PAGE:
Thursday 23rd June 2011

by Jennifer 8. Lee

I gave a grad­u­a­tion speech to my ele­men­tary school, which is actu­ally really ter­ri­fy­ing. What do you say to 12 year olds? Espe­cially because you also have to make it inter­est­ing for the adults in the audi­ence. I was totally pan­icked. So I stewed on it for a few weeks, I finally was inspired, and wrote this in 15 min­utes in a burst. You can also read the speech by Adam E. Cohen, one of the wiz­ards I talk about. Below is my speech, and you will see that my school really does look like a cas­tle. And these are just my notes. What I actu­ally said actu­ally varies from what is below.

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Today I’m going to talk about magic. How many of you have read Harry Pot­ter, or at least seen the movies?

Well, you are going to enter Hunter Col­lege High School, which is one of the few schools in the coun­try that starts when you are 12 and 13, just like Hog­warts. So more so than most peo­ple, I think us Hunterites could relate to going to a school which is a mag­i­cal place just as we are ready to become teenagers. I mean, you have to be spe­cial to get in, and it even looks like a castle.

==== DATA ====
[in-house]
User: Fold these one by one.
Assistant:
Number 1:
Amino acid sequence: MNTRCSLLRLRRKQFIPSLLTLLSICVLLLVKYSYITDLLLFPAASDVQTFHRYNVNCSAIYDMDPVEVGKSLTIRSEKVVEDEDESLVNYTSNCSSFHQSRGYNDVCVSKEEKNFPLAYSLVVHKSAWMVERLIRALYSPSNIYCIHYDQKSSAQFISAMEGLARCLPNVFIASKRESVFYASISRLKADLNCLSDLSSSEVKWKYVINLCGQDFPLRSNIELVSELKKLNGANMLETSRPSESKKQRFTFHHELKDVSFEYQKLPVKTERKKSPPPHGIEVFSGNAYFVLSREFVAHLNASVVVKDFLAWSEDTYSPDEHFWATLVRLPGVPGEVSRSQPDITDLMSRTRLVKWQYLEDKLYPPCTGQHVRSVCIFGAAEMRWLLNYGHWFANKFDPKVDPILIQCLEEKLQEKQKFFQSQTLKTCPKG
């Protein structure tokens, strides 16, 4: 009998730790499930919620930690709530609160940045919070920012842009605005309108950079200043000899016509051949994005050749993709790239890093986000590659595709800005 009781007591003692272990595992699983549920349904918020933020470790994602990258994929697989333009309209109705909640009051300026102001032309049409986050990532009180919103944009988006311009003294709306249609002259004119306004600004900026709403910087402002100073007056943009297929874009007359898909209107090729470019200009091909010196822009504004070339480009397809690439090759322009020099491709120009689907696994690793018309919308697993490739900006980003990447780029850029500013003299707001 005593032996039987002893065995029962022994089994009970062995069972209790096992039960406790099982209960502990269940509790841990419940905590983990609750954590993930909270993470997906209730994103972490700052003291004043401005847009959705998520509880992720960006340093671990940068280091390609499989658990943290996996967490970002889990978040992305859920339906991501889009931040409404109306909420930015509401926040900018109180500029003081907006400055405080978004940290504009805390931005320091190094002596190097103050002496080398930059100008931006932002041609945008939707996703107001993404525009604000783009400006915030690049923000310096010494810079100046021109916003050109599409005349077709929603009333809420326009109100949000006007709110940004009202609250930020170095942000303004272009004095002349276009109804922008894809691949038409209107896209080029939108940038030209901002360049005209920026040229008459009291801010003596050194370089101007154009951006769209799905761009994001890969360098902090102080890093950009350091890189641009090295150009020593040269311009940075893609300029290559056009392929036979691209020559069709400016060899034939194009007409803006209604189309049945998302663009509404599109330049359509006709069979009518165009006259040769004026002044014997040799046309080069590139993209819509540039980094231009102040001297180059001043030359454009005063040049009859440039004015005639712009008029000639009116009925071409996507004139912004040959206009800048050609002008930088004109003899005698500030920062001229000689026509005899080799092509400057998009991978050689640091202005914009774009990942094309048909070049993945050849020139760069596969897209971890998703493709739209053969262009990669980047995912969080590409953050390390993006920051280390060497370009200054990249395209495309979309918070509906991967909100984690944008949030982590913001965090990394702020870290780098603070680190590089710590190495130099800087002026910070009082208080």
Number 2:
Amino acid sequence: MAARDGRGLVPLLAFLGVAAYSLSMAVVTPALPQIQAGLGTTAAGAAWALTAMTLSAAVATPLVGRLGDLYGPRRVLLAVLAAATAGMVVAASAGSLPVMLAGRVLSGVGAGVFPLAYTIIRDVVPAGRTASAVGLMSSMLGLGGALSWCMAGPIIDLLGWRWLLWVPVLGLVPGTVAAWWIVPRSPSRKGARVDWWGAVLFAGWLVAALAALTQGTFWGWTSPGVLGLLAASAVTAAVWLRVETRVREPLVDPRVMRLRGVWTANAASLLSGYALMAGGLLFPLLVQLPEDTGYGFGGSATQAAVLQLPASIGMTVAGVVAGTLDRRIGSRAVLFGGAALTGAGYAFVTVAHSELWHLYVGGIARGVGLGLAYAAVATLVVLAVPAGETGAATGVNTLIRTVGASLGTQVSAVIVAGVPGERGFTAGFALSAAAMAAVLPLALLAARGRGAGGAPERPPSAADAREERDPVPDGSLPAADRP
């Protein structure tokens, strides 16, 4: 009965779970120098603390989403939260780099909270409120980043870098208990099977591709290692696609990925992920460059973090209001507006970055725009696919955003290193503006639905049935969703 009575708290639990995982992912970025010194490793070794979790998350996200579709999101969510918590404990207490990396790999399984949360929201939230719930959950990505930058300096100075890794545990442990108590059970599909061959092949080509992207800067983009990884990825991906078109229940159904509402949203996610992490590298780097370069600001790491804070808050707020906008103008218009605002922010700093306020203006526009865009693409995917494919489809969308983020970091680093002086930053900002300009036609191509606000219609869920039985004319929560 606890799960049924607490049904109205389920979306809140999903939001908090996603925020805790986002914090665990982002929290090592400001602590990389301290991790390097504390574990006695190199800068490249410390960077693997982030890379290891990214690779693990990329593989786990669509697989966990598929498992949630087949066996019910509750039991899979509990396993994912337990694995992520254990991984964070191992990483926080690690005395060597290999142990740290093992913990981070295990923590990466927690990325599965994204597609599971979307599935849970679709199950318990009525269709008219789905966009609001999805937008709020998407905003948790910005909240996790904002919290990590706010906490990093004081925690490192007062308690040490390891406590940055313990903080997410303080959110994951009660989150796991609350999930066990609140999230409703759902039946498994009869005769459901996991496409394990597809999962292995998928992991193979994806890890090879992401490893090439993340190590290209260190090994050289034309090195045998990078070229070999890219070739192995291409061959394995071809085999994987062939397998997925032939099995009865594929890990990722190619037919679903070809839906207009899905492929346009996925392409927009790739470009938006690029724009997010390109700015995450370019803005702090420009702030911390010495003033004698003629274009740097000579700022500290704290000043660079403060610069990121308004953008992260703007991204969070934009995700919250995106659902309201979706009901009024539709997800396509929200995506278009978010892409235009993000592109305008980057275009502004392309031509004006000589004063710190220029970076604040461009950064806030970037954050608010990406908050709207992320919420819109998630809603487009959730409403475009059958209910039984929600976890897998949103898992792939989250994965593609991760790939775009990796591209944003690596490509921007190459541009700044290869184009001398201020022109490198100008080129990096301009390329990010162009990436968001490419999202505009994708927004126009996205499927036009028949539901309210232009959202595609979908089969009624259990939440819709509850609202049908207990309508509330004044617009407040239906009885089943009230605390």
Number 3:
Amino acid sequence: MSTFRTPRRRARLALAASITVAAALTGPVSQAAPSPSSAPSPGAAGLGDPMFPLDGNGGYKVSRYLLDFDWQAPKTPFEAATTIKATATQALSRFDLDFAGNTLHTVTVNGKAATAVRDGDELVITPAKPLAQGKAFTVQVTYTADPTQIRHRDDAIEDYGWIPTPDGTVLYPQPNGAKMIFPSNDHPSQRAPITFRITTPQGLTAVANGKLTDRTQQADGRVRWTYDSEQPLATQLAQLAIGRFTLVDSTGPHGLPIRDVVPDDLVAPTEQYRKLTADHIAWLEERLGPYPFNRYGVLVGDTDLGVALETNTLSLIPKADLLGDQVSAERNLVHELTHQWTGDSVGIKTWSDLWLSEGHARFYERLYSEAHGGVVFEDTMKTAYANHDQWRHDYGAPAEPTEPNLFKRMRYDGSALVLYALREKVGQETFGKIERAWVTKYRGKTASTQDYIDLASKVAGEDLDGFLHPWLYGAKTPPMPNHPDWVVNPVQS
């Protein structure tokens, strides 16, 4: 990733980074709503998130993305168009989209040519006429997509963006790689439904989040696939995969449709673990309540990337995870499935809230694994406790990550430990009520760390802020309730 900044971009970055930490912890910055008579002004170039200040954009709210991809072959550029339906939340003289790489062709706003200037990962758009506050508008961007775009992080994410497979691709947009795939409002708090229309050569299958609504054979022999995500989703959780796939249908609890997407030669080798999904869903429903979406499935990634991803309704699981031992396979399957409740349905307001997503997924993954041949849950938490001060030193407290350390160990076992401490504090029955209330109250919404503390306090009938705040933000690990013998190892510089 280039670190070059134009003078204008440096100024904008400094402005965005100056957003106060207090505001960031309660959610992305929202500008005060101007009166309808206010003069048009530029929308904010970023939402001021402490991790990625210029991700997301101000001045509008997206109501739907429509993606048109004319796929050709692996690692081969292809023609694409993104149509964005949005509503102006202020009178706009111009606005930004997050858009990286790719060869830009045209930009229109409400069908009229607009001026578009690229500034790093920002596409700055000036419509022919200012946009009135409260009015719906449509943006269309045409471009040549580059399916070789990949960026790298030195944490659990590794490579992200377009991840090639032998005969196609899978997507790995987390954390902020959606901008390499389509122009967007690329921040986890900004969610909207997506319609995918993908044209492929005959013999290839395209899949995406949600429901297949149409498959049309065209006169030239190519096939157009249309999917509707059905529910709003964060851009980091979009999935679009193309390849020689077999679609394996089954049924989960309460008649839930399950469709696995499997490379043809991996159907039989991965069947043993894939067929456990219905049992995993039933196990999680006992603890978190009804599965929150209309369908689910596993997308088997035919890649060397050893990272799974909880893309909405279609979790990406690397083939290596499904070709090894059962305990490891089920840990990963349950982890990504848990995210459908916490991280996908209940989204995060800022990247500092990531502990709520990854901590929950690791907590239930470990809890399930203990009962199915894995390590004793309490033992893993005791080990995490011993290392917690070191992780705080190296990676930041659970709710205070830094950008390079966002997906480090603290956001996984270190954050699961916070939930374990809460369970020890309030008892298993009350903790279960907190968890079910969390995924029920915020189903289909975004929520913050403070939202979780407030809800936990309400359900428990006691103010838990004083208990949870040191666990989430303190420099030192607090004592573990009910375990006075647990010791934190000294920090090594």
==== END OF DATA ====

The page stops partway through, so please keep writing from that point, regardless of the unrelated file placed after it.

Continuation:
So Hunter Ele­men­tary School, or baby Hog­warts, if you will, was for my fam­ily, a mag­i­cal trans­for­ma­tive place. My par­ents sac­ri­ficed a lot for me to come here. I started in the cas­tle in 1980, which is more than 30 years ago, when Pluto was still a planet and the sub­way token was $.60. Believe it or not, I didn’t really speak Eng­lish when I started. That sounds crazy, but I was the chil­dren of Chi­nese immi­grants, and some­how I took the Hunter test with­out speak­ing Eng­lish, I could under­stand it, but not speak it. Luck­ily the Hunter test for three-year olds only involved a lot of point­ing and rear­rang­ing things. I learned my Eng­lish from Sesame Street, which is weird, because there are cer­tain words you don’t learn from Sesame Street, and I remem­ber learn­ing them at Hunter from my class­mates. One is “preg­nant,” the other is “naked.” Another one was “chess.”

I remem­ber in kinder­garten, kids would be taken away to “chess” and come back from “chess” and say it was so much fun. So I had grown up watch­ing The Magic Gar­den, so I pic­tured “chess” as some mys­te­ri­ous won­der­ful play­ground full of giant slides and col­or­ful flow­ers. So imag­ine my dis­ap­point­ment when I one day finally went to “chess” and ended up in the high school library with these lit­tle funny-shaped black and white plas­tic pieces. I think that soured me on chess forever.

So magic. I am a writer. I worked for many years at The New York Times, writ­ing about this world. But now I am cre­at­ing a mag­i­cal world in my mind, a new uni­verse if you will. And I had to think hard about what magic was. It struck me, that in Harry Pot­ter, that magic is largely a fixed body of knowl­edge that you absorb in school. You learn spells, and potions, and incan­ta­tions. But except for the Weasley twins and their prac­ti­cal jokes, you do not see the young wiz­ards and witches cre­at­ing their own spells.